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'The Americans' recap: Fates of scientist, Nina rest with deal makers

“The Deal,” Episode 5 of “The Americans” on FX, actually focuses on two transactions: one involving a Jewish scientist who fled Russia and the other involving a Soviet spy caught between the KGB and FBI.

The first deal concerns Anton Baklanov (Michael Aronov), a brilliant physicist who develops stealth technology for his adopted country of America.

Initially it appeared that Anton was going to be kidnapped by KGB spies Philip (Matthew Rhys) and Elizabeth Jennings (Keri Russell). But the operation goes south when Anton’s mistress (Abby Nelson) and a mysterious man (Cliff Marc Simon) violently halt the abduction.

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The mistress steals Philip and Elizabeth’s car and speeds away with Anton in the trunk. The man, who’s badly beaten and then captured, turns out to be an Israeli Mossad agent.

Philip guards his prisoner inside a shabby building as Kate (Wrenn Schmidt), his new KGB supervisor, brings medical supplies. 

A bonding of sorts takes place between the spies. Perhaps the agent could return to Israel if Anton returns to Russia, Philip suggests.

“I’m bronze, not platinum,” the agent says, acknowledging that Anton is the far greater prize.

Pushing for an agreement with Israel is Arkady Ivanovich (Lev Gorn), who heads the Soviet Embassy in Washington.

“I’ll get Moscow to make a deal with these people if it costs me my career,” he vows.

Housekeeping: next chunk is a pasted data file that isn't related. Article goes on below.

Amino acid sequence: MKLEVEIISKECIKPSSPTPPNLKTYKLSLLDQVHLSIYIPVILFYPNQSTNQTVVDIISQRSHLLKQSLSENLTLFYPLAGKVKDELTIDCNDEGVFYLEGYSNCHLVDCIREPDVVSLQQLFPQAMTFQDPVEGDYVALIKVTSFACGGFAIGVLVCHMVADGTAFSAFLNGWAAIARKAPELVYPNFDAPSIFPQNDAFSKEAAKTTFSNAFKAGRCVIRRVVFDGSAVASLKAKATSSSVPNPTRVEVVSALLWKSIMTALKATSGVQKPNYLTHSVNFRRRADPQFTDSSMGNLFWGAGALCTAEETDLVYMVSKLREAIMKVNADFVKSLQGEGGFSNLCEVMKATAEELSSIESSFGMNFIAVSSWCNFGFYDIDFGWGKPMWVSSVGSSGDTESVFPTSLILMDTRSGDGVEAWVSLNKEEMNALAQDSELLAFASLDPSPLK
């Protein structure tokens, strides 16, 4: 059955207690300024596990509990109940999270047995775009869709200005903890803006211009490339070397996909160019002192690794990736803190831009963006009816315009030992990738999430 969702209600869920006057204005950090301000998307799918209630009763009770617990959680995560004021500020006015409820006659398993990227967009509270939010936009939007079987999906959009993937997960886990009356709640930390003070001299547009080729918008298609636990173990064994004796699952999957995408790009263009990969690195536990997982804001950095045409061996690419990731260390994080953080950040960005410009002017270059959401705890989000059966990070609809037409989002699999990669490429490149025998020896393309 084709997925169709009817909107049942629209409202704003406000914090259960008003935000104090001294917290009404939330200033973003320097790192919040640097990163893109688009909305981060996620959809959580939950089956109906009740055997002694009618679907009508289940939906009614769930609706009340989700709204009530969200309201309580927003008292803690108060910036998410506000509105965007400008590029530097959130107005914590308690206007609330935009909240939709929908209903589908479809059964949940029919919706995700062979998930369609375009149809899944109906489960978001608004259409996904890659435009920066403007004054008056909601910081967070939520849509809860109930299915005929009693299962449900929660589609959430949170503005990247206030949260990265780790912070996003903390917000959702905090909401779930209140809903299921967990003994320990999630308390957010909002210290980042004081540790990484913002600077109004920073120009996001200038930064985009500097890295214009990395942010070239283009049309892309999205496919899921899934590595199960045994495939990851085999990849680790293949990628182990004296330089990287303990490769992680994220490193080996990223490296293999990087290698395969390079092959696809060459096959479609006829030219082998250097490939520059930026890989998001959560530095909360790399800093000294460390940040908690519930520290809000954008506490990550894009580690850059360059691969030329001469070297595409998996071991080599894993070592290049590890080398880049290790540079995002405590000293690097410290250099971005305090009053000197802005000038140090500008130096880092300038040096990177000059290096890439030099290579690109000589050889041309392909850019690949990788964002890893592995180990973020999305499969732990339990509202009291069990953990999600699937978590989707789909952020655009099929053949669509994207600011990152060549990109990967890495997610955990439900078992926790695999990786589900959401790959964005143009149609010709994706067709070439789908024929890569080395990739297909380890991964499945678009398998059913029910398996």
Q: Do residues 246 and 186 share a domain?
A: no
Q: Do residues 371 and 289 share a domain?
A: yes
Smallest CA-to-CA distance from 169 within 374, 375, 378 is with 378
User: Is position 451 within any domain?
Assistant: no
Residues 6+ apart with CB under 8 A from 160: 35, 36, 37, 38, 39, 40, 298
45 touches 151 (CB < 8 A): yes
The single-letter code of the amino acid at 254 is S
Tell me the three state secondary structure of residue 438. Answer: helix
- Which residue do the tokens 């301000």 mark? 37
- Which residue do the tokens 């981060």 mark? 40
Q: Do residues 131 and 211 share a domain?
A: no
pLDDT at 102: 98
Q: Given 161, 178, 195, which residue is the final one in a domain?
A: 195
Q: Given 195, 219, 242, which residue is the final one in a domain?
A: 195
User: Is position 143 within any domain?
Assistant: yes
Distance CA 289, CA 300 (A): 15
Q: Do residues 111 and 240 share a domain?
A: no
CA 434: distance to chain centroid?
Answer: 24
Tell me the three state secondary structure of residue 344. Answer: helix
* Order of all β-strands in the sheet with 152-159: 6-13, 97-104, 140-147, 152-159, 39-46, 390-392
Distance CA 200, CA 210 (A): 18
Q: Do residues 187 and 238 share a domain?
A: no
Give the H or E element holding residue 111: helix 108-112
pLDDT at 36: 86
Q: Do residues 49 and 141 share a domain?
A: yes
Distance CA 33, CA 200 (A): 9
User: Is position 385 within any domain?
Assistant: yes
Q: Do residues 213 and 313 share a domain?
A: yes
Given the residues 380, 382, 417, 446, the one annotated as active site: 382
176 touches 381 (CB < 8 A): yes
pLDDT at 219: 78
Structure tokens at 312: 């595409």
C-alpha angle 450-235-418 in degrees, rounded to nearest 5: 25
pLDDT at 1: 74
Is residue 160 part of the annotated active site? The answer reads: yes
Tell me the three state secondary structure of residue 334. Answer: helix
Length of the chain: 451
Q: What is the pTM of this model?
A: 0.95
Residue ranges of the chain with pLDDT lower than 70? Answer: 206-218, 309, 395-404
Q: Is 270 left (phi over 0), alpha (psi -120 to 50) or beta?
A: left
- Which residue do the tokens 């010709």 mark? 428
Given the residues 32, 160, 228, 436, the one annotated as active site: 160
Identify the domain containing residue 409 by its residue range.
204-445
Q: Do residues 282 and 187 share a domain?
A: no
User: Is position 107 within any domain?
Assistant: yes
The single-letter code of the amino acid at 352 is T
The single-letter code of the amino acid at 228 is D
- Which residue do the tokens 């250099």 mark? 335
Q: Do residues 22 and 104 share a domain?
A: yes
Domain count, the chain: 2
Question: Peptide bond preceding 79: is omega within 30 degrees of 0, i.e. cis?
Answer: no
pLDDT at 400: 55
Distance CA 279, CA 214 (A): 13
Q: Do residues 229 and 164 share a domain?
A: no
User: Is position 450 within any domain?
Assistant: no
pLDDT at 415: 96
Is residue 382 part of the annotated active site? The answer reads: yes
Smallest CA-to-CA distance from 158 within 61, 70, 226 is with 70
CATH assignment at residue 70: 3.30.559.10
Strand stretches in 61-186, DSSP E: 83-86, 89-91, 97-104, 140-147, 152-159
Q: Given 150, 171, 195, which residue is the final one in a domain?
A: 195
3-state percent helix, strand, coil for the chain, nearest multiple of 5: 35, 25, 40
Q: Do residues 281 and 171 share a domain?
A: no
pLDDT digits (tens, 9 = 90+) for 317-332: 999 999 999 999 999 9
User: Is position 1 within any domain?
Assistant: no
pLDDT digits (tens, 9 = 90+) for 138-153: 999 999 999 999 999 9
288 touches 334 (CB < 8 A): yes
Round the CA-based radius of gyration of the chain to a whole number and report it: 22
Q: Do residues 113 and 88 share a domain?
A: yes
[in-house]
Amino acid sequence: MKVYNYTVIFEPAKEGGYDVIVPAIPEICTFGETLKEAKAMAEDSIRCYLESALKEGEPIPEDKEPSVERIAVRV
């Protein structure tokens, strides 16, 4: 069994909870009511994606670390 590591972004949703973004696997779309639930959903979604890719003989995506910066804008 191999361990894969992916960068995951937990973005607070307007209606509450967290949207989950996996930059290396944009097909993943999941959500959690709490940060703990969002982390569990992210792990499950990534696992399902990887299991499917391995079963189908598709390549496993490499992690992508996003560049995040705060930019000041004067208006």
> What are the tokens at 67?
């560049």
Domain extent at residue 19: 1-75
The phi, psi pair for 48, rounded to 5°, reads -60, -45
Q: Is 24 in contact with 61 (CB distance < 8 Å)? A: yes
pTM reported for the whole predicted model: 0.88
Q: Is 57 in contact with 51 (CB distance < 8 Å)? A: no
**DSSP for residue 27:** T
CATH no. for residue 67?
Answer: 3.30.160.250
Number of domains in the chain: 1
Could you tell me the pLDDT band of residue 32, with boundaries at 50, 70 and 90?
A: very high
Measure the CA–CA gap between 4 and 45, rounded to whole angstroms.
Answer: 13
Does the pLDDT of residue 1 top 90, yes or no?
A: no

When negotiations conclude, Philip drives to a rendezvous point, where the agent is swapped for Anton.

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“You’ll be home for Passover after all,” Philip tells the spy, whose future suddenly brightens.

Anton’s fate is far darker, however. He begs Philip to let him go, saying he’ll covertly work for the USSR. But Philip maintains a stony silence while carrying out his orders.

“You’re a monster,” Anton sobs. “No feeling, no humanity. You may as well be dead!”

As the handcuffed scientist sails toward Russia, news breaks that the USSR will release 1,500 Jewish “refuseniks” so they can migrate to Israel. Does that mean the Soviets changed their stance on human rights?

If you ask Anton, the answer is nyet.

The episode’s second deal concerns KGB double agent Nina Sergeevna (Annet Mahendru), whose life grows more perilous as she finagles secrets from her lover, FBI counterintelligence specialist Stan Beeman (Noah Emmerich).

Oleg (Costa Ronin), a fast-rising officer at the Soviet Embassy, uses his higher security clearance to probe Nina’s clandestine affairs.

“What’s really going on here?” Oleg asks Nina, knowing Stan is a veteran G-man not easily swayed by feminine charms.

To delve deeper, Oleg pretends to be unaware that FBI agents are following him to the Port of Baltimore. He parks his car and waits for Stan to show himself.

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“Are you going to shoot me?” Oleg asks, referring to Stan’s killing of Vlad Kosygin, Oleg’s predecessor at the embassy. “I’m a diplomat, a guest in your country.”

Then Oleg stuns Stan by telling him that Nina “is at such great risk.”

“Everything can be traded,” Oleg says. “What can you give me in exchange for Nina’s safety?”

What indeed, wonders Stan, fearing he may have to choose between abandoning his lover or betraying the United States.

“We’ll talk again,” Oleg says ominously.

Elizabeth, meanwhile, continues her pursuit of a Navy SEAL suspected of murdering two KGB agents and their daughter.

A young sailor, Brad Mullen (Jefferson White), copies the SEAL’s personnel files for Elizabeth, thinking he’s landed a new girlfriend. But following an awkward kiss, Brad knows he’s been used and dumped.

“I’m not going to see you again, am I?” he asks.

“I don’t have anything to give you,” Elizabeth gently replies. “I wish I did.”

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